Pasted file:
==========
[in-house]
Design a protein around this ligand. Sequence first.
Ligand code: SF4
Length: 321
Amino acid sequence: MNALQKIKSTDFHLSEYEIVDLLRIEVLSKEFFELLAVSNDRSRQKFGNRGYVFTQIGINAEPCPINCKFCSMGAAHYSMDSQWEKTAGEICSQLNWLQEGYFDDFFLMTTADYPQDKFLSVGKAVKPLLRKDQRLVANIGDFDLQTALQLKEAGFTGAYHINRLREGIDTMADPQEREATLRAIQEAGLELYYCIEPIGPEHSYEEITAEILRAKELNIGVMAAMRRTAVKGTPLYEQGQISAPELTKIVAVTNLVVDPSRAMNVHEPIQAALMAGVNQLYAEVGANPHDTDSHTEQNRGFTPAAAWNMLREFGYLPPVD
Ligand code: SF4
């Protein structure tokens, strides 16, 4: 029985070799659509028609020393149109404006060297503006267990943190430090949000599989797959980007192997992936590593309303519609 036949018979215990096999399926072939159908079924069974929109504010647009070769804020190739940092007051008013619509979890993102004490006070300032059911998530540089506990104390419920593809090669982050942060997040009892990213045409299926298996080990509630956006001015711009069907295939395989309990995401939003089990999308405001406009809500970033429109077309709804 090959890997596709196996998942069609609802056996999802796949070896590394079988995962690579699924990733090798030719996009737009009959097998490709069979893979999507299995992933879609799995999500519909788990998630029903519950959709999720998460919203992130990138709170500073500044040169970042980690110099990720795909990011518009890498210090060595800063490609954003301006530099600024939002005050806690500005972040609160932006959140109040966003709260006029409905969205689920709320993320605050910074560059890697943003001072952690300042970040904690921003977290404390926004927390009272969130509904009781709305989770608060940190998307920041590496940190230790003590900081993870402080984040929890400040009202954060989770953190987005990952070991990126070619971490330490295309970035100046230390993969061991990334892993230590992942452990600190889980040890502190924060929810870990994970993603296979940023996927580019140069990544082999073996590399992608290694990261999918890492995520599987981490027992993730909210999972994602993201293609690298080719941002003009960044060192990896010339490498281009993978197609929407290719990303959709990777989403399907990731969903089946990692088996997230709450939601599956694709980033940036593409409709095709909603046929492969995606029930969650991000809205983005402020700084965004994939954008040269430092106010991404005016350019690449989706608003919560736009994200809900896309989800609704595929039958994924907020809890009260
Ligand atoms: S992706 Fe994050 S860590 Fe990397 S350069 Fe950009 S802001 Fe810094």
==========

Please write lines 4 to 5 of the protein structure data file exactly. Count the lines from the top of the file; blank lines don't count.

Length: 321
Amino acid sequence: MNALQKIKSTDFHLSEYEIVDLLRIEVLSKEFFELLAVSNDRSRQKFGNRGYVFTQIGINAEPCPINCKFCSMGAAHYSMDSQWEKTAGEICSQLNWLQEGYFDDFFLMTTADYPQDKFLSVGKAVKPLLRKDQRLVANIGDFDLQTALQLKEAGFTGAYHINRLREGIDTMADPQEREATLRAIQEAGLELYYCIEPIGPEHSYEEITAEILRAKELNIGVMAAMRRTAVKGTPLYEQGQISAPELTKIVAVTNLVVDPSRAMNVHEPIQAALMAGVNQLYAEVGANPHDTDSHTEQNRGFTPAAAWNMLREFGYLPPVD